Ethiopian Night

Ethiopian has become my favorite cuisine to eat over the last year or two. It's served differently than most other cuisines serve their...

Ethiopian has become my favorite cuisine to eat over the last year or two. It's served differently than most other cuisines serve their food, almost family style, but literally, you all share one plate. Instead of forks and knives, you use sourdough crepes to pick up the food and eat it. And damn, are those crepes good. Since the arrival of Vegan Eats World by Terry Hope Romero, I've been wanting to make Ethiopian food at home more, and since her book includes a slew of recipes from the spice blend to the crepes, I went to town. Or stayed in my kitchen. You get the idea.

The spice blend, berbere, is really fun to make, especially if you're easily amused by making spice blends. I don't normally make such blends, but it is pretty fun to make, and not difficult at all. Also, all the recipes call for a spiced oil, called nitter kibbe, which is made in a large batch ahead of time along with the spice blend. It's great and buttery and full of yellow turmeric which at any moment may strike down upon your counter and turn it neon yellow. For a while. Good thing yellow is my favorite color.

Traditionally, they make these huge (I mean really huge) crepes and serve them on a (really) huge platter with piles of stews or dishes on top of the crepe. Since, I don't have a way to produce such large and beautiful crepes, I made smaller ones and served them on individual plates. Also, crepes are kind of a bitch to make. I'm not very good at making them. I found the smaller pan I tried, the more success I had. But I still didn't have boatloads of successful crepes. I did however have some. And with those, I shoveled delicious Ethiopian food into my mouth. Purpose served.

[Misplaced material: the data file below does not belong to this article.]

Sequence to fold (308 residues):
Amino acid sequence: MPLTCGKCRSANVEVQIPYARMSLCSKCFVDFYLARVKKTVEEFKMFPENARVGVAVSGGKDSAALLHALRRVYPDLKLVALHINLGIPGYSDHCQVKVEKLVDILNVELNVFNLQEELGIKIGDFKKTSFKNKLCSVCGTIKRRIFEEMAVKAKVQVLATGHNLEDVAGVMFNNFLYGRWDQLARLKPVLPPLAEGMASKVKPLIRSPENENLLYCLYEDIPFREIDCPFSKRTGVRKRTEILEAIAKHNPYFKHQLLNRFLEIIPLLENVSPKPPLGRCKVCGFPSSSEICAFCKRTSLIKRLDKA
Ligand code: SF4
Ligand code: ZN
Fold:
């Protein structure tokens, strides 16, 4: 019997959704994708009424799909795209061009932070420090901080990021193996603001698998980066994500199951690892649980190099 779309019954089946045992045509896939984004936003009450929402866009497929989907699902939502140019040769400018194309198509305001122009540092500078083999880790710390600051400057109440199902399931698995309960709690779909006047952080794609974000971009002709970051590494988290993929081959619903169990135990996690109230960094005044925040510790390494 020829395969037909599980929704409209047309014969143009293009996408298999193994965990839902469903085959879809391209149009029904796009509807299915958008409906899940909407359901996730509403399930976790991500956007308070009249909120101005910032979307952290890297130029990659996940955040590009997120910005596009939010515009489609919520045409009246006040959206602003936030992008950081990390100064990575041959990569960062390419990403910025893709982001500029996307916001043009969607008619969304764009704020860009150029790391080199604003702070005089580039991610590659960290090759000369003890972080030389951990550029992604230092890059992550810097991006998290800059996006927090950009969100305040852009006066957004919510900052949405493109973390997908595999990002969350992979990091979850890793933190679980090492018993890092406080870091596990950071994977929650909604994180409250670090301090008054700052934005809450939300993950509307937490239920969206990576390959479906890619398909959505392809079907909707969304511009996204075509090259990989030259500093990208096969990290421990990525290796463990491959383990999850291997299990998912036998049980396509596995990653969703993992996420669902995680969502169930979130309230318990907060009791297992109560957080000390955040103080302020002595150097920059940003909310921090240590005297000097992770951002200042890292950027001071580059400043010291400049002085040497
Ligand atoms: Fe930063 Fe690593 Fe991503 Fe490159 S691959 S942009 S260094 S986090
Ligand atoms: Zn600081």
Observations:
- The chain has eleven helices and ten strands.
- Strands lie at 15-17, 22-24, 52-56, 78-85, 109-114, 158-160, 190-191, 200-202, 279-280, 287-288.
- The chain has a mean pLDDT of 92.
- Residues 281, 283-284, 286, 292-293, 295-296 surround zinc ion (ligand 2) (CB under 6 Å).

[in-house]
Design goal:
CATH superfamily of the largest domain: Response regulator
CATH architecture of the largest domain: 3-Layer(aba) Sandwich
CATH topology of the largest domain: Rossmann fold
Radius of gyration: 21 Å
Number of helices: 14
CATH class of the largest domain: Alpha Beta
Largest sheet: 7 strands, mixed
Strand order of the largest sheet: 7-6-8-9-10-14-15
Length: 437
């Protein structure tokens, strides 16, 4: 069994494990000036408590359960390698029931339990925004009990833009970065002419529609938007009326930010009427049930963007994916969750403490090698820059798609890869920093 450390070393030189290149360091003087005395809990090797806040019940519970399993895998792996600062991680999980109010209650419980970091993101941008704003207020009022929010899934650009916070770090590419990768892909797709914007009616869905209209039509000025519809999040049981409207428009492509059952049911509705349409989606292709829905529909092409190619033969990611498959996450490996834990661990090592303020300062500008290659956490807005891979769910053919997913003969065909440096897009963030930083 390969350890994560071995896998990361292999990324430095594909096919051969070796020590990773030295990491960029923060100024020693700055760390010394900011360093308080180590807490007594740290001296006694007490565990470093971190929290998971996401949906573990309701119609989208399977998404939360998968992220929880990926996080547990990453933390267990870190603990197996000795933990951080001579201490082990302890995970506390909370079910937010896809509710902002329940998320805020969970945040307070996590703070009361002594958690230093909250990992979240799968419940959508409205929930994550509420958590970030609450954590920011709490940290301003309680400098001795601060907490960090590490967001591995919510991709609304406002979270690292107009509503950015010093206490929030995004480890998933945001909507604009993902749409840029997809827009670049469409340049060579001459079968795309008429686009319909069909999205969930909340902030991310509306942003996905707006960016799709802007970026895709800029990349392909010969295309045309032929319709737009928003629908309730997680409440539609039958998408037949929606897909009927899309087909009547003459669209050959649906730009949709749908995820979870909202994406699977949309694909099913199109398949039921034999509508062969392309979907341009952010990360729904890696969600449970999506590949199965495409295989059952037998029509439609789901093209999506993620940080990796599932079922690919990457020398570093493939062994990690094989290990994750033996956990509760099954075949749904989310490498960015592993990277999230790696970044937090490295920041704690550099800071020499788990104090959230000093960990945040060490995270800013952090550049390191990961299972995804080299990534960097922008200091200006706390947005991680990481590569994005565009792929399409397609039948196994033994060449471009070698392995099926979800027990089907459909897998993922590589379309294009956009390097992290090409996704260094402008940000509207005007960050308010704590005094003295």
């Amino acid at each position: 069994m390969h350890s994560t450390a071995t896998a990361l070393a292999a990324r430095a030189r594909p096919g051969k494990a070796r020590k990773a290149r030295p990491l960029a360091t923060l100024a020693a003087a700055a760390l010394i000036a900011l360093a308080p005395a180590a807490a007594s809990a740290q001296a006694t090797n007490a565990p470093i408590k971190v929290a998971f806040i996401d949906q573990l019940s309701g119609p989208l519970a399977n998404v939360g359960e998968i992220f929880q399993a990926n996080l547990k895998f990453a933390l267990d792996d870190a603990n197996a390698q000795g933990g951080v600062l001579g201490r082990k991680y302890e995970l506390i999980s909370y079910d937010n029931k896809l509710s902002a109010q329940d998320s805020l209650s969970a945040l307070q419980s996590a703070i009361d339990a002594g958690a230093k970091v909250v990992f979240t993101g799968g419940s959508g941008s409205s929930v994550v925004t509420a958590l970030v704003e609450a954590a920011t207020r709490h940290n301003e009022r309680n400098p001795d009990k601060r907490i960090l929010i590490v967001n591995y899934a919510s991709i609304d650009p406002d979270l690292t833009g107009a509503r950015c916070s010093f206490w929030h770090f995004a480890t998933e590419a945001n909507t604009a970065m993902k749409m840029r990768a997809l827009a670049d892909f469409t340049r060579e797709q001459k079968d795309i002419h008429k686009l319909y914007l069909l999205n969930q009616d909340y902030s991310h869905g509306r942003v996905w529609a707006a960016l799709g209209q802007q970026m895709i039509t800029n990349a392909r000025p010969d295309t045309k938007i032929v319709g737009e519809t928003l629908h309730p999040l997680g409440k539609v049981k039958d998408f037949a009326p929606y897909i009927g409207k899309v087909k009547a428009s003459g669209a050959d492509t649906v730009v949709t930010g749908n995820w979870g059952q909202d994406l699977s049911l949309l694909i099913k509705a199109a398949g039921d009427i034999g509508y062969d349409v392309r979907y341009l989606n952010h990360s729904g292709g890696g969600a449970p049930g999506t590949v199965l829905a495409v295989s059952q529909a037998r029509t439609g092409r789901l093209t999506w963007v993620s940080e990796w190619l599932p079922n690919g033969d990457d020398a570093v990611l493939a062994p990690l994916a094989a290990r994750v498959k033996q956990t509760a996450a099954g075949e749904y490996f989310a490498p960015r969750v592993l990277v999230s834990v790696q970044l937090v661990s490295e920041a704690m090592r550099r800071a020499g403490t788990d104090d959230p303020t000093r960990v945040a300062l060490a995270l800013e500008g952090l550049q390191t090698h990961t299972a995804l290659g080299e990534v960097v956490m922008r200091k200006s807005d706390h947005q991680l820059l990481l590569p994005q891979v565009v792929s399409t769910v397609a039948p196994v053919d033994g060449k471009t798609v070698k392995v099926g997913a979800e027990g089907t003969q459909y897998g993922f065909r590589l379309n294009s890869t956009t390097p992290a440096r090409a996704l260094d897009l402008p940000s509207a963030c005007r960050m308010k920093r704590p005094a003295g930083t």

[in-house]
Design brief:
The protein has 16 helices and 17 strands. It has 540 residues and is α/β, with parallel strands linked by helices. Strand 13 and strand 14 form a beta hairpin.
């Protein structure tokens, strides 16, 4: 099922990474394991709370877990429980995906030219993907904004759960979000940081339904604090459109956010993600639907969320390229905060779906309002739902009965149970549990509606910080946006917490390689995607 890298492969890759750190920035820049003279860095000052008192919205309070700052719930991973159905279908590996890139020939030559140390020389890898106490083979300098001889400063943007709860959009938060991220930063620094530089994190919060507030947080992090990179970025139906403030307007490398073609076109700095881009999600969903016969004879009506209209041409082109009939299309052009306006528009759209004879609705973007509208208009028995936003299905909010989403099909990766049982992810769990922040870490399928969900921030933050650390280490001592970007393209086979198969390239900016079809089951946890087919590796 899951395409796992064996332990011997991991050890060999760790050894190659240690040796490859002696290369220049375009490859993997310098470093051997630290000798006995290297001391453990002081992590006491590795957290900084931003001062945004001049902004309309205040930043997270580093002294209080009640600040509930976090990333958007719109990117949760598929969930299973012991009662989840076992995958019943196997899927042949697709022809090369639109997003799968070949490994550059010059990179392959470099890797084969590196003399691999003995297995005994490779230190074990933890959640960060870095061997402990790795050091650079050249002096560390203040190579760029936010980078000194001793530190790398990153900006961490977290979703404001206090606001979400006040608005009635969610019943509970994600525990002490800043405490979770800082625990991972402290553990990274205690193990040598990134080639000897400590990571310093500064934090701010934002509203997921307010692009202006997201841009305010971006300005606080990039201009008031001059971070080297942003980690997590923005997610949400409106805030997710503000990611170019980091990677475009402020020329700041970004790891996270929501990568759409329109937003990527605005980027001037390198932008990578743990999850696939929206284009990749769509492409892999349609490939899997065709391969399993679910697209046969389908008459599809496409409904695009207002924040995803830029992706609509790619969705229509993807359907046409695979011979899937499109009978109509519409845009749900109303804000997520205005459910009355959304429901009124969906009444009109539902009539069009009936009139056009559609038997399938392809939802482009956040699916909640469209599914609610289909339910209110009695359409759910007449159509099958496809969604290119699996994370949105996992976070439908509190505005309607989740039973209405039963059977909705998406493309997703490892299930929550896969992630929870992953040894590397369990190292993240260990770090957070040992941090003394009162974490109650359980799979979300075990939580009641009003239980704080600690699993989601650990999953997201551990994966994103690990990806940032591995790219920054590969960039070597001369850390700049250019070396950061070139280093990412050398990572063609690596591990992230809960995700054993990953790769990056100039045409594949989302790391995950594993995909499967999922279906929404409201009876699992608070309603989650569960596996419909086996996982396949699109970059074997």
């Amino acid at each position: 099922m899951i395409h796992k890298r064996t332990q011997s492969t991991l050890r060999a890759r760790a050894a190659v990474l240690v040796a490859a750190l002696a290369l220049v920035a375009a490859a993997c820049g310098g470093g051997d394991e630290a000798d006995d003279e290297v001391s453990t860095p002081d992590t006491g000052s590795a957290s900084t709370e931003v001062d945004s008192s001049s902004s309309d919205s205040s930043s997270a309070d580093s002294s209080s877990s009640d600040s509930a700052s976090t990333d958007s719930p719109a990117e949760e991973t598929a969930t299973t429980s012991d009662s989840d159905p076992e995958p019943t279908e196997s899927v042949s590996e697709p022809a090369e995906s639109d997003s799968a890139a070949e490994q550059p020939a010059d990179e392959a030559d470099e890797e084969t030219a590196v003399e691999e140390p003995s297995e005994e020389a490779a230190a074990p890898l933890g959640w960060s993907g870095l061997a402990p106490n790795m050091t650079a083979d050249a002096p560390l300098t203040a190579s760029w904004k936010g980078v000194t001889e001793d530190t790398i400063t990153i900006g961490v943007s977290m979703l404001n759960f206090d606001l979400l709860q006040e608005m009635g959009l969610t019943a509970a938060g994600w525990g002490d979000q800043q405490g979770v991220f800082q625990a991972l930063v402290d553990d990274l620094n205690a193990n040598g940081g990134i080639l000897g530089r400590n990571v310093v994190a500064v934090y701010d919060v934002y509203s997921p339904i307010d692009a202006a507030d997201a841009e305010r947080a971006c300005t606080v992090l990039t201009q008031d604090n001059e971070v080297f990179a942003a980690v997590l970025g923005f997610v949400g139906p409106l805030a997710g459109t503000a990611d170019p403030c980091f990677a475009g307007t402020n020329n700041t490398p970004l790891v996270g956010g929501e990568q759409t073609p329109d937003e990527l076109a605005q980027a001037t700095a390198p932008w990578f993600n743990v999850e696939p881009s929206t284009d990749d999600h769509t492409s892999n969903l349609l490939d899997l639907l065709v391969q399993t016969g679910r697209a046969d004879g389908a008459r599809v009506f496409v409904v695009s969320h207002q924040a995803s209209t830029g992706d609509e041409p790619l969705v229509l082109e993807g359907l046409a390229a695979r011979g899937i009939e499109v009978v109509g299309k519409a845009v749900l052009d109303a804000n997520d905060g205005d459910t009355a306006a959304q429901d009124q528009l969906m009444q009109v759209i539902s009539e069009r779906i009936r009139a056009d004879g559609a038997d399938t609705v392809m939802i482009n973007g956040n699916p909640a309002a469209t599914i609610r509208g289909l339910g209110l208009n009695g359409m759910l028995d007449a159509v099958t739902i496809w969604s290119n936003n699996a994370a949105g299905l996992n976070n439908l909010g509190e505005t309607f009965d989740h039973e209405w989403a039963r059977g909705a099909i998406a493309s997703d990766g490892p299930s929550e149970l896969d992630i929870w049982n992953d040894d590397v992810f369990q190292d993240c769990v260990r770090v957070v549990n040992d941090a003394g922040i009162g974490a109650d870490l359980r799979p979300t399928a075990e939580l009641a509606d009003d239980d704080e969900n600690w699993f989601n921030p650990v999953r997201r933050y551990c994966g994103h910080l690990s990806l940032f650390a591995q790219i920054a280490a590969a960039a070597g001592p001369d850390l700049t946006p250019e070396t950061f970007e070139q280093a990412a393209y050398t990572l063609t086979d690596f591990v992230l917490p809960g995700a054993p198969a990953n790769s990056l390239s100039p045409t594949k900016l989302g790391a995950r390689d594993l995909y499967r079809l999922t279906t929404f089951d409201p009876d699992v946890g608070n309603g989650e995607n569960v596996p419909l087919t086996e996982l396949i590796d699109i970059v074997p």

When I get Ethiopian food at a restaurant, I always get the vegetarian sampler, because I could never imagine getting to eat only one of these dishes per visit. The more variation, the better. When you're making it at home, it results in cooking like five dinners worth of food in preparation for one dinner. So basically, it was a ton of work. But it was totally worth it, and I will totally do it again :) 

I made this big spread for my friends, who seemed pleased by the authenticity of the dishes.  I think it's all about the spice blend. That's what gives it that perfect restaurant-quality. From the left to right, I made ingudai tibbs, which are portabello mushrooms in berbere sauce, but'echa, which is chickpea shallot and jalapeƱo eggy crumbles, Seitan tibbs, which is seitan in berbere sauce, yemisir wat, a spicy berbere lentil stew, and potatoes and green beans in berbere sauce. My favs were mushrooms and the egg-like chickpea crumbles, though all were good.

For dessert, I made the Ethiopian Chocolate Flourless Torte, the last recipe in the book. It's silken tofu-based, with a little berbere spice. I made this during testing, but used cayenne for mexican chocolate cake, my fav. This worked just as well. I could taste just a hint of spice. I suppose that's how it outta be. I'm always tempted to put way too much cayenne or spice thinking I won't taste it otherwise and they turn out ungodly spicy. These tasted kind of brownie-like, which is good. Everybody like brownies, right?

Overall, I had a great time cooking, a great time eating, and a great time hanging with my friends and feeding them delicious food! I'll raise a spicy brownie to many more dinners like this one :)

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